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8 years to build, 15 minutes to tear down: Community helps clean up black-owned boutique in Dallas

Guns & Roses Boutique in Downtown Dallas was closed during COVID-19, and looted during riots. Dozens gathered to help the owner recover.

DALLAS — On Wednesday, Princess Pope pulled up to Guns & Roses Boutique in Downtown Dallas to find dozens of people waiting outside her store. They were there to help her clean up.

Guns & Roses was broken into and looted before 1:00 a.m. on May 30 during riots.

"I am so grateful for the support," said Pope.

She founded her business eight years ago. It took years to build, and only minutes to tear down.

"They had taken everything," she said. "95% of our clothing were taken. Things were taken. Mannequins were down the street. The list just goes on."

Credit: Tiffany Liou

Her plan was to reopen on June 2 after being closed due to the COVID-19 pandemic, but opening day is now even more delayed . 

Since her store was looted, she has received overwhelming support. More than $120,000 has been raised on GoFundMe to help her recover.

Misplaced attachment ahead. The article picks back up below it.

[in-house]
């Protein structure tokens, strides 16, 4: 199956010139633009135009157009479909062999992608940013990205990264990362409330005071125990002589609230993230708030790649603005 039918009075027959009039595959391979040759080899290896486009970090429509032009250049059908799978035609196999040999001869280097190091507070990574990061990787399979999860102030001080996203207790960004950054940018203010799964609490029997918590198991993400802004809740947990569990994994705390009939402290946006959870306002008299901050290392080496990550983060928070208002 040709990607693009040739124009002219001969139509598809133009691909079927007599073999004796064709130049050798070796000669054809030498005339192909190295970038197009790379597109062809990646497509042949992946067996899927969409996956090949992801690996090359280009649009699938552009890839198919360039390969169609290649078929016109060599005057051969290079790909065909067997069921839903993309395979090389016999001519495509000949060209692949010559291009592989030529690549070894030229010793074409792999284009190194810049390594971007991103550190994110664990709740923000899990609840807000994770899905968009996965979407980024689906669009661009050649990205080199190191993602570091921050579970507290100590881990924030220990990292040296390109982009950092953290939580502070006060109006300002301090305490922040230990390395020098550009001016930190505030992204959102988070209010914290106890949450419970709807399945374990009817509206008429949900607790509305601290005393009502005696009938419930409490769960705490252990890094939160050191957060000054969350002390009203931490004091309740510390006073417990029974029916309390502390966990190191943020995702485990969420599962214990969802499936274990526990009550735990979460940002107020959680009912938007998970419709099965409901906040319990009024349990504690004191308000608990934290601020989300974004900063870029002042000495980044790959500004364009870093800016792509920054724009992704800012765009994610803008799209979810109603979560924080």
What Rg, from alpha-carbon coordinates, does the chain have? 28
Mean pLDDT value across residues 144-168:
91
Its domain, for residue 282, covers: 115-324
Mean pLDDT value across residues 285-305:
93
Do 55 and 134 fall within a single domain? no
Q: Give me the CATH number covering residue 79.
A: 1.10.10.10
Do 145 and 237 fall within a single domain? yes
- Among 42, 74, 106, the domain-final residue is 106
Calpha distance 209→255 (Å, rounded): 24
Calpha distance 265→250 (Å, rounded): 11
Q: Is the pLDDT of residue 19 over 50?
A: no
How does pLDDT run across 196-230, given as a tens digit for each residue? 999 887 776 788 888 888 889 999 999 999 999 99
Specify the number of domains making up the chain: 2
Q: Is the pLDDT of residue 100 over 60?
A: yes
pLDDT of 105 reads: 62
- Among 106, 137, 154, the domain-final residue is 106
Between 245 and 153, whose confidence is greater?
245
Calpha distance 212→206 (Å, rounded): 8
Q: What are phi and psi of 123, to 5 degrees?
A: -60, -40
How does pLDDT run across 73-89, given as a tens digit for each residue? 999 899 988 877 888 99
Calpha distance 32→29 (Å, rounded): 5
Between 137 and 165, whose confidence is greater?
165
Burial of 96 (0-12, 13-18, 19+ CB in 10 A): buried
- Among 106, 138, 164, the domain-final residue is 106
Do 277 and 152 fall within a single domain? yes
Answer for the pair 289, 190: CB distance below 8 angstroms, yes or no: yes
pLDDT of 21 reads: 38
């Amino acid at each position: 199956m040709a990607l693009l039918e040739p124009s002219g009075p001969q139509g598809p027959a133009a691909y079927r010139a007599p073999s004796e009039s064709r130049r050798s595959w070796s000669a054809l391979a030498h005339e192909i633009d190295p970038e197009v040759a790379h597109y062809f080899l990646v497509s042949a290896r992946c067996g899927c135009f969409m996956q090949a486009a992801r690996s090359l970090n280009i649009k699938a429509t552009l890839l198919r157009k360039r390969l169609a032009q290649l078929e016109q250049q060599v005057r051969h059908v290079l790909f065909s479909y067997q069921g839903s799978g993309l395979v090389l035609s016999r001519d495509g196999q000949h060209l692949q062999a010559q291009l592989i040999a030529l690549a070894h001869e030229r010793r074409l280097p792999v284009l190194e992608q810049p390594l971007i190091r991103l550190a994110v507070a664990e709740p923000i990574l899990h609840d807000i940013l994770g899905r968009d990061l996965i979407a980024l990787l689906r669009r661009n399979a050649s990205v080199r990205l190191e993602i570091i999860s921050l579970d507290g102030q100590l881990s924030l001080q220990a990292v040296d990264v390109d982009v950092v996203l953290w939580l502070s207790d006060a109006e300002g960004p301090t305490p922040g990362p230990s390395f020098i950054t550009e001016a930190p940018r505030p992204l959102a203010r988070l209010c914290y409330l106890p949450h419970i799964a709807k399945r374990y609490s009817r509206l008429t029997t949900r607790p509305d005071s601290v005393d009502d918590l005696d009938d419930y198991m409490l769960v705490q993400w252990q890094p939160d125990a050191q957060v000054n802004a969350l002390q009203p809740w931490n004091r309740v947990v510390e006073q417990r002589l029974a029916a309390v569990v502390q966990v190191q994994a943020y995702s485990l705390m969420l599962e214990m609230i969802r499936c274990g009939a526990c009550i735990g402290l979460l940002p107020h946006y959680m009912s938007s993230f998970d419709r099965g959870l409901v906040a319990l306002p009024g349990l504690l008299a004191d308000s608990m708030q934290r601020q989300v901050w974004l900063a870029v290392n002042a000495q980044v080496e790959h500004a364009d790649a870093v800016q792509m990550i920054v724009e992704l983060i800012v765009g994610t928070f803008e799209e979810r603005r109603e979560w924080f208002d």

The Dallas Black Chamber of Commerce decided to host a community clean-up for Pope on Wednesday. Employees from The Statler Dallas and Vista Bank came to help sweep up broken glass. Her family, friends, strangers and supporters showed up as well.

Credit: Tiffany Liou

Harrison Blair with DBCC said, "We understand why people are angry. We can't bring back George Floyd, but what we can do as black business advocates is we can help restore businesses." 

Pope said, "As a black woman, as the only black retail business here in Downtown Dallas, it saddens me that this happened to my business, but this is bigger than me. We are fighting for police brutality on black lives, and that is a problem." 

Pope supports the protesters, but not the looters. 

She said, "I stand with what we are fighting for." 

She is unsure how long it will take to rebuild her business, but she assures it will be back stronger than before.

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